Once more into Hitoshi Ashinano’s Yokohama Kaidashi Kikō! But at a cost; at my present rate I will finished the whole series well before August is over. I should have picked some lengthier manga series on which to fixate.
Alpha dreams of the day that she and her owner parted ways.
For some reason I assumed Alpha was left behind by her owner. Not so: she chose to remain behind.
For some other reason I also assumed that her owner was male but it has been pointed out to me that there is no evidence of this.
Alpha, Matsuki, and the others gather for a brief visit from an old friend.
Takahiro is never returning home. Not even for Matsuki….
Ojisan is still alive. Go him!
Recapitulating something from an early episode, Alpha watches the first dawn of the year. This year’s dawn is not like that year’s dawn and not just because Takahiro is not with her.
Alpha agrees to let Matsuki work for her. Well, except there’s nothing to do at the cafe and Alpha won’t actually pay her.
I misread this story title as “Ready, Lady, Go!”
I guess that’s not really an Ashinano-style title.
When Alpha told Matsuki the terms of her employment, I thought “Oh, look. Alpha has re-invented the idea of interns.” Then I looked at the final panel….
Beneath the Pine Tree
Ojisan and Sensei discuss what it is like to be old and alone, Ojisan because he is a widower (or possibly divorced) and Sensei because she has always been a loner. The important thing is neither one of them will have the time to do all the things they want to do.
I think this conversation
could be inspirational or depressing. I am going to opt for “After reading this, I was so depressed I could not blink,” but I can see how someone could go a different direction.
Alpha will live much, much longer than either Ojisan or Sensei but I suspect in the end the set of all things she could have done will still be much, much larger than the things she did. It’s the nature of one life lived in a single body….
Alpha teaches Matsuki how to drive a scooter! Matsuki resolves to save her money until she can buy one! Which, because she is not paid, will take her some time!
Alpha’s description of what it is like to drive a scooter is very much like what it was like to fly the ekranoplan.Human experiences are probably only a pale reflection of Alpha’s rich suite of robotic senses.
Alpha discovers the dreadful conditions under which Maruko works.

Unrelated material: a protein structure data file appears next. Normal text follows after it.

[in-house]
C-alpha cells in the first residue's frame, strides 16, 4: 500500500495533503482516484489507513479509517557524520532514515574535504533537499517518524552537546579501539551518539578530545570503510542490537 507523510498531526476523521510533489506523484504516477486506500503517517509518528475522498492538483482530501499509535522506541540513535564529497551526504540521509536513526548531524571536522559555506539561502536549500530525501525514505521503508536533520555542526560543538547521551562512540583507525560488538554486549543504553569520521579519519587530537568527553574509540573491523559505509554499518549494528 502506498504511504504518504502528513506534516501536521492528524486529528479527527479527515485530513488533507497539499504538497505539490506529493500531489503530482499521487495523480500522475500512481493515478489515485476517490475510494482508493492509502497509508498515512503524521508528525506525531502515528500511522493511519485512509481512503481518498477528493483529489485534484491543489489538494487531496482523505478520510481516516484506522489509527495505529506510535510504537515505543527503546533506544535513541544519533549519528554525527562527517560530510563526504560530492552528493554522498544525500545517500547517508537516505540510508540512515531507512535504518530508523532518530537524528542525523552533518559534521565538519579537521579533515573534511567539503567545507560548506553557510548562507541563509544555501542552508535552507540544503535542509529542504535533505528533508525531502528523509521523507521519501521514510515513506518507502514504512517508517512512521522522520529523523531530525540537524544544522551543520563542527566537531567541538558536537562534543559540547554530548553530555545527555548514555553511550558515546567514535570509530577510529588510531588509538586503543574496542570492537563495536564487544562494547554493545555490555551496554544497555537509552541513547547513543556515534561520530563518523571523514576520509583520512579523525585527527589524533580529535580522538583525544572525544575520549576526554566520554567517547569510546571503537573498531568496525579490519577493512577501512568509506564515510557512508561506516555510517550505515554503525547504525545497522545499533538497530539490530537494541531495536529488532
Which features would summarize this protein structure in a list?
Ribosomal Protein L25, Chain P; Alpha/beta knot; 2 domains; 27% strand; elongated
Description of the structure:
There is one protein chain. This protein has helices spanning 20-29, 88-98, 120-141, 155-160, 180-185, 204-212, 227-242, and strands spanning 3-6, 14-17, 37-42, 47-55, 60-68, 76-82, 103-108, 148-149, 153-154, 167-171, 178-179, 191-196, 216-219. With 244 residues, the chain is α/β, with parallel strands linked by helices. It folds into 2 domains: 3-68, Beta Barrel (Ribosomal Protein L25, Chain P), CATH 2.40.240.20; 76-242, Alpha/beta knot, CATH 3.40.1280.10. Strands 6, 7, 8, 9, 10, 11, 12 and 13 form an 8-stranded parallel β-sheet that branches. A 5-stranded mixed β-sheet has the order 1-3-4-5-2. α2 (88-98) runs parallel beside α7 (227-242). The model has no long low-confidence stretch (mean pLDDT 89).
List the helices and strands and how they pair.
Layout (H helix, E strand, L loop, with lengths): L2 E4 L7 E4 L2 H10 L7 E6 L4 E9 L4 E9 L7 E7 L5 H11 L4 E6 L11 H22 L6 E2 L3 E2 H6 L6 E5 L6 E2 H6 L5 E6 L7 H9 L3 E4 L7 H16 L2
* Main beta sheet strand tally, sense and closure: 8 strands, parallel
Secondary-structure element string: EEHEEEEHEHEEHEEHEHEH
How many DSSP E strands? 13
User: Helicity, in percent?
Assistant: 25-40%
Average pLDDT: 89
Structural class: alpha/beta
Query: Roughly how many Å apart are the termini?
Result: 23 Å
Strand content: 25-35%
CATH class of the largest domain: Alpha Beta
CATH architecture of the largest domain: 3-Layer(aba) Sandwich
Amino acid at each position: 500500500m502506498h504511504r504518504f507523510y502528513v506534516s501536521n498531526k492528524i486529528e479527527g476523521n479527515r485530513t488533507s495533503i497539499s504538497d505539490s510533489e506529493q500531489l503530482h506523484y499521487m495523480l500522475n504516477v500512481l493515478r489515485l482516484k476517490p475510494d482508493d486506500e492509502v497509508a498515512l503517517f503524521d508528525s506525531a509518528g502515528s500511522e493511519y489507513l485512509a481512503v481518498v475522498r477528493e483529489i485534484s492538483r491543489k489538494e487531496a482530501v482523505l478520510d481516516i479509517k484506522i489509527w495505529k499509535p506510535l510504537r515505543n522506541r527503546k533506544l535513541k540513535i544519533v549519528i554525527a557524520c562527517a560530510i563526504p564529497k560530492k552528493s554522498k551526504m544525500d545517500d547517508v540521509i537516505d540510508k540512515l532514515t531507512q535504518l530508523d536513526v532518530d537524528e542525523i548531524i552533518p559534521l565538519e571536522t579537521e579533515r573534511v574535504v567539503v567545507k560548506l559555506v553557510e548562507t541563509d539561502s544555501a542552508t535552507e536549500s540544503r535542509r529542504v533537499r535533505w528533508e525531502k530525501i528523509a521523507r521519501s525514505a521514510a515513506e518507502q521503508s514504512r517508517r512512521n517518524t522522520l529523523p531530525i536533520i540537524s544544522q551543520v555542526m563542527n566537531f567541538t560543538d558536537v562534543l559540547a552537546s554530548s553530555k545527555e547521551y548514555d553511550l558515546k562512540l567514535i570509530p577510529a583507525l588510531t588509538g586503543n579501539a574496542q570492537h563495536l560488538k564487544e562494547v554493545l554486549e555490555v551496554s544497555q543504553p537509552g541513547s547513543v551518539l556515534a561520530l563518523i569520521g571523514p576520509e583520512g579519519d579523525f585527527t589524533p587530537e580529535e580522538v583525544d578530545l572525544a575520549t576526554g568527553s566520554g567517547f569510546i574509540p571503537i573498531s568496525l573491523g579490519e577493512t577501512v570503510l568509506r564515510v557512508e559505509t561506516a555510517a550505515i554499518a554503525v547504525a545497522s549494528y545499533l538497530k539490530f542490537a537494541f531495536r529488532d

Even in a twilight age when humanity is dying out, women will be forced to flirt with customers. It does shed a different light on the way Maruko treats Kokone (an even less flattering light). Other customers come back for the smiles; Markuko demands hot make-out sessions with Kokone.
Alpha had absolutely no idea that robots were allowed to take surnames other than those of their owners until Maruko revealed that she had changed her name to Maruko Maruko. I guess each owner is allowed to educate their robot as they see fit. I sense that there could be a whole dystopia going on just out of frame.
Alpha watches Matsuki nap the afternoon—and her life—away.
We. Are. All. Doomed. But humans are doomed on much shorter timescales than robots. Alpha is painfully aware of that.
Alpha contemplates the ruins of a flooded town.
Maruko versus Alpha in break-neck racing thrills! WHO! WILL! WIN!
Top speed of a scooter is what, 50 km/hr hour? So maybe not the Indy 500. Also, it turns out that, in this twilight world, it’s hard to keep track of who actually wins.
This volume seemed even more steeped in impending mortality than previous ones. Which, since this is about the slow, inevitable extinction of the human race, is saying something.
I am almost finished with the series, which makes me sad. People have been kind enough to suggest some possible replacements, of which Kabu no Isaki, Kotonoba Drive, Neko Musume Michikusa Nikki,andAriaare just a few. One of those will be a worthy replacement, I am sure.
1: Nobody ever suggests Nana to Kaoru, although it seems like it’s bound to please.